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Connecting in times of crisis

In the first months of 2020, many Australians had to learn to connect online while they were isolating to avoid COVID-19 spread. Family celebrations became video calls and work meetings transformed into online catchups. While social media was already widely used to communicate, it became a necessity to keep sharing and connecting during the pandemic.

However, not all Australians have the capacity or skills to connect online. With physical distancing also came additional social isolation for some older Australians, as well as for some of those living with disabilities or life-limiting illnesses. For those without access to the internet or with relatives not being able to visit, physical distancing has been particularly difficult.

When the pandemic outbreak struck, Mea Campbell, a lawyer and writer, remembered her grandfather who passed away a few years ago at the age of ninety-five. She said she “was thinking about him recently, and how (the pandemic) would have affected him; how he would’ve been very isolated. He would’ve never had the capacity to engage with the online world”. It gave her the idea to launch Connected AU, an online free online platform to connect and engage people, and The Letterbox Project became the foundation of this platform.

The idea behind The Letterbox Project is simple. People can register to write letters to those who cannot connect with the online world. The Connected AU team allocates the sender a nominated recipient, providing their first name and any interests or hobbies. Because those who receive the letters don’t engage with the online world, they will mostly be registered by a loved one or by the facility where they live.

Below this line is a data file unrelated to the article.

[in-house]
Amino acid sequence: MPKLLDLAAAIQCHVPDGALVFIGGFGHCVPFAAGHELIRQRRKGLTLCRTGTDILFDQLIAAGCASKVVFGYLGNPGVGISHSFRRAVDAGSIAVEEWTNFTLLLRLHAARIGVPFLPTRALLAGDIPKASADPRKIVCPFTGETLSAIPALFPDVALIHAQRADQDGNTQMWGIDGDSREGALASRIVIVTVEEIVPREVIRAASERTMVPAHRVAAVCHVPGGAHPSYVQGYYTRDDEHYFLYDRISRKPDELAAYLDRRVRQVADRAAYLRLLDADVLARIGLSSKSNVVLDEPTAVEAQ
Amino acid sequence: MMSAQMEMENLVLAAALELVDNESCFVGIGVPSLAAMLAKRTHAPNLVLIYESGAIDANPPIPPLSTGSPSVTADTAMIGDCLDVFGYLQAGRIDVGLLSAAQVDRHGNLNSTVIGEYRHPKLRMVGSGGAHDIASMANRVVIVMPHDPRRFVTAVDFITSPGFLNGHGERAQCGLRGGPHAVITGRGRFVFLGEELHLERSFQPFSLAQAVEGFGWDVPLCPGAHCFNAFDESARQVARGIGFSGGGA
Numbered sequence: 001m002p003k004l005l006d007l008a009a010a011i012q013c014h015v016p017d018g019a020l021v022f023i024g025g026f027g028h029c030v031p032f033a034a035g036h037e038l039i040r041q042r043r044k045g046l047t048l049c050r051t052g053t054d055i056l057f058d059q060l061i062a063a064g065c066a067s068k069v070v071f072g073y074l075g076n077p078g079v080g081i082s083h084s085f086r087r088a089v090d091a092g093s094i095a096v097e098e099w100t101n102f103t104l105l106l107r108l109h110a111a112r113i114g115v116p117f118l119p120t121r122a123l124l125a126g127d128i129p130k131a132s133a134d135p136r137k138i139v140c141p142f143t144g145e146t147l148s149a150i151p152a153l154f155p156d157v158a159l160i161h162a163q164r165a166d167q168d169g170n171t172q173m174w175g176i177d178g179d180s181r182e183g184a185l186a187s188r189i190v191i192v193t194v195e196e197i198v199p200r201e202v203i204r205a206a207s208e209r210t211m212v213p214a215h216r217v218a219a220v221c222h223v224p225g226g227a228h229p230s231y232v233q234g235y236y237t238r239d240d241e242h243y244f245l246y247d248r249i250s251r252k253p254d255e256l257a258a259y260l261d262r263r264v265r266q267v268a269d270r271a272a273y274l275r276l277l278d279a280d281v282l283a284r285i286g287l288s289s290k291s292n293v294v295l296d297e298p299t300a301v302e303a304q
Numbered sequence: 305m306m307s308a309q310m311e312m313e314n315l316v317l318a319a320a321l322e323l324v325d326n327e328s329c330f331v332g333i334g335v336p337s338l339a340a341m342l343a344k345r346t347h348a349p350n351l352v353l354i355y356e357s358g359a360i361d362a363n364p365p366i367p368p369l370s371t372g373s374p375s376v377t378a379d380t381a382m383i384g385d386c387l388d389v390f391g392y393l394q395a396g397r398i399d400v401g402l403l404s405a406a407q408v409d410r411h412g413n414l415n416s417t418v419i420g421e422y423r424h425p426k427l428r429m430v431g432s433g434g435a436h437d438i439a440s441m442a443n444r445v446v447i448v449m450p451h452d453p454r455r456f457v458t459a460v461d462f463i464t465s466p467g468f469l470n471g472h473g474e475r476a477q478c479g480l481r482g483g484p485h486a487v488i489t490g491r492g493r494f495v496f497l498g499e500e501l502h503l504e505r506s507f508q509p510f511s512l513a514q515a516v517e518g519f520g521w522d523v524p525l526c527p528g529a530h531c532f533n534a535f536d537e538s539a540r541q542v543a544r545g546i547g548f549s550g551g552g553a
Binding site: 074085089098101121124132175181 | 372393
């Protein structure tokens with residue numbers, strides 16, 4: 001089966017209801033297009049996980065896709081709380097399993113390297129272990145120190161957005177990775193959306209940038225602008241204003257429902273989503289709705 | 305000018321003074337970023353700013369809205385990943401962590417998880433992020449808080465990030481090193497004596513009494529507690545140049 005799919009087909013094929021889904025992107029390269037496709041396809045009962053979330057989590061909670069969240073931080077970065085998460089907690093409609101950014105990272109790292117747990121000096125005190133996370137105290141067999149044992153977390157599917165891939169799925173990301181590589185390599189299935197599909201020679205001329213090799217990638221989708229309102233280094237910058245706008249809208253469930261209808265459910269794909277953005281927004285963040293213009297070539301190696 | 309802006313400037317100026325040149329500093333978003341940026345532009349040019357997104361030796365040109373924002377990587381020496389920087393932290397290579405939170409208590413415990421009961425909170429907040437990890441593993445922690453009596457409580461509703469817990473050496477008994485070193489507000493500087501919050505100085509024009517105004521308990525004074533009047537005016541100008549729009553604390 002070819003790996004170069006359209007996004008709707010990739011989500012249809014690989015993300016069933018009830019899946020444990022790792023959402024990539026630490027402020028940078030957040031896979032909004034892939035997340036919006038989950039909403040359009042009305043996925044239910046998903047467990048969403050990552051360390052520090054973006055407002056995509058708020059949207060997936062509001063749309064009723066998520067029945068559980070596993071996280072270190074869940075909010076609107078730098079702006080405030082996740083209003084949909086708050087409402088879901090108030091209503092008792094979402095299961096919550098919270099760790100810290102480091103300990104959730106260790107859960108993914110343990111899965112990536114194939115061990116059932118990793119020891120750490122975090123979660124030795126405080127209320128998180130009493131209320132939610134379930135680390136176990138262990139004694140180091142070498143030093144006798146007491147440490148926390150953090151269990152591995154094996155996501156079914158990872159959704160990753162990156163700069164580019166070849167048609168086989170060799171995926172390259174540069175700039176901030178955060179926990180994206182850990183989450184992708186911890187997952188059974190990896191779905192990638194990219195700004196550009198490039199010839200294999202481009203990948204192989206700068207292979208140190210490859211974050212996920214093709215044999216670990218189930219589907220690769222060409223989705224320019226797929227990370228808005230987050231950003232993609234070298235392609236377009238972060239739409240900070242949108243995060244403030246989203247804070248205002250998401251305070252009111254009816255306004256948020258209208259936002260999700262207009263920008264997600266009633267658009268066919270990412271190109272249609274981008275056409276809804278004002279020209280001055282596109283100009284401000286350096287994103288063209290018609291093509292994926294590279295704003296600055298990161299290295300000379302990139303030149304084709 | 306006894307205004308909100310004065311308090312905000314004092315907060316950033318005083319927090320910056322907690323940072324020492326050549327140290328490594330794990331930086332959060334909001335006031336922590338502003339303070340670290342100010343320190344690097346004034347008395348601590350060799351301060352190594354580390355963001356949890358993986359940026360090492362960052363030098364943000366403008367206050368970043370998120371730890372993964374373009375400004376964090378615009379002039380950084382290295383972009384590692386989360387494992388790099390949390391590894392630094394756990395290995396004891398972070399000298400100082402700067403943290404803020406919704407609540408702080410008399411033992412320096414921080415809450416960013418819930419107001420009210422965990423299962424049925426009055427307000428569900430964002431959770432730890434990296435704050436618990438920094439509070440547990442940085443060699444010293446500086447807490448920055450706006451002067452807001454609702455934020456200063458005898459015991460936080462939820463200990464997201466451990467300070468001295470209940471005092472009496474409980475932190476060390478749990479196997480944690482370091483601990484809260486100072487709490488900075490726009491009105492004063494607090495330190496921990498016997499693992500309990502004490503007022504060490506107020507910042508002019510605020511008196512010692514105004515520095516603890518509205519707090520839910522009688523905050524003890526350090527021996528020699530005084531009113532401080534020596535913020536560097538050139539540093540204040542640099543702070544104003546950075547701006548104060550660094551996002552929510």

“The idea is that those of us who are lucky enough to be healthy and surrounded by our families can reach out and gift our time to someone whose experience might be more challenging, in the form of a letter,” says Mea.

Within a week, over 500 “letter writers” signed up to participate, which means Mea had to switch from a solo operation and build a team. When asked why people have engaged so much, she replies that she has been “blown away” by the response.

“I think we all know someone, or may have known someone, who falls into this category of people who are more isolated and vulnerable. People just really want to help at the moment but might not know how to.”

The registration process is very secure. People’s details are not shared, all the letters are sent to the Connected AU team, who approves the content and then sends them to the receiver. Mea says “All you need to provide to register someone is their first name and an interesting fact about them to help tailor the letters. So, if they were a pilot or a gardener, we then try to match them with someone who loves flowers, or a child who wants to be a pilot”. Aged care facilities or nursing homes can register a list of receivers, and schools can register a list of writers.

Connected AU also features a virtual library on their website, which is a free video hub of content donated by experts from various fields to engage and inspire. Some videos are from personal trainers who give training tips and exercises for people with low mobility, others give cooking ideas and gardening advice. There are also hobby groups that can be joined, like a book club and a women’s health forum.

You can register for The Letterbox Project, either as a writer or a receiver, here.

This story is part of our “It’s more than you think” series for National Palliative Care Week 2020.


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